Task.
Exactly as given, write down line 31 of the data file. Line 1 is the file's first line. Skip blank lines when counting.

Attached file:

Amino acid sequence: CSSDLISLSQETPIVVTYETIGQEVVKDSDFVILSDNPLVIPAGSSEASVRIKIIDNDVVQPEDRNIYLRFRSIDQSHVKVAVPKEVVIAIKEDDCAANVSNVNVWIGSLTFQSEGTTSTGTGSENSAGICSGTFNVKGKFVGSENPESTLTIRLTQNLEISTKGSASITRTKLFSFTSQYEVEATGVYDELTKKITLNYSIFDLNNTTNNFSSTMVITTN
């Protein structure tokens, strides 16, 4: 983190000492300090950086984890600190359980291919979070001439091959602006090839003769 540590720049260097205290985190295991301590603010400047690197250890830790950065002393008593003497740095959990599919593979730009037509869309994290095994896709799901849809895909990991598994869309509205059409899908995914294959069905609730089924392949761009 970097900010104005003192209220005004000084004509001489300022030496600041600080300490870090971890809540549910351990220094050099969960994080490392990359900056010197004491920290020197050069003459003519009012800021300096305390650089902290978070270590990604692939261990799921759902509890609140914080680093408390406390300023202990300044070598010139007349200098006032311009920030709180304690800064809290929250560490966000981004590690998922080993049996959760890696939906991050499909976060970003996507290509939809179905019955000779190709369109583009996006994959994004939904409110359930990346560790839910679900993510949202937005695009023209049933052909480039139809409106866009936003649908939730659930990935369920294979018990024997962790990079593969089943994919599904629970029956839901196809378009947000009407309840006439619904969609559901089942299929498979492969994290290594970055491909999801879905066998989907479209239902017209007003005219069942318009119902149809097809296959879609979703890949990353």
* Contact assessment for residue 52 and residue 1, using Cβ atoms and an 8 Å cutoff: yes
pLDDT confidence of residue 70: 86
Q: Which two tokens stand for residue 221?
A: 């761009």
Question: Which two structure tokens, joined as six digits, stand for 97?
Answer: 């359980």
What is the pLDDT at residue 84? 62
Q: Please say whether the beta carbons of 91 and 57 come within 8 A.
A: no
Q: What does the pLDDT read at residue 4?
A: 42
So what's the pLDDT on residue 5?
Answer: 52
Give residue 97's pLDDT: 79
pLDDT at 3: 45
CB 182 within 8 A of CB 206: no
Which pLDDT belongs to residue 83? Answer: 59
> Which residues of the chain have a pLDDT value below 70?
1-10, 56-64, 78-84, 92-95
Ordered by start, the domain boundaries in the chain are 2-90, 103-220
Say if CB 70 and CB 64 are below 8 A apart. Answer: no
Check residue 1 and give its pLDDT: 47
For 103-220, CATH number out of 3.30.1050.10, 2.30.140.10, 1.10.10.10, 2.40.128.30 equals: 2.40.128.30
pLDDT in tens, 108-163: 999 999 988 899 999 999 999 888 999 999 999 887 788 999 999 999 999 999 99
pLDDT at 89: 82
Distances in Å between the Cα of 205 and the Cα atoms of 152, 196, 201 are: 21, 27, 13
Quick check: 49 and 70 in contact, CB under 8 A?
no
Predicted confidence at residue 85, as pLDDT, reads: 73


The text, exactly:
Predicted confidence at residue 85, as pLDDT, reads: 73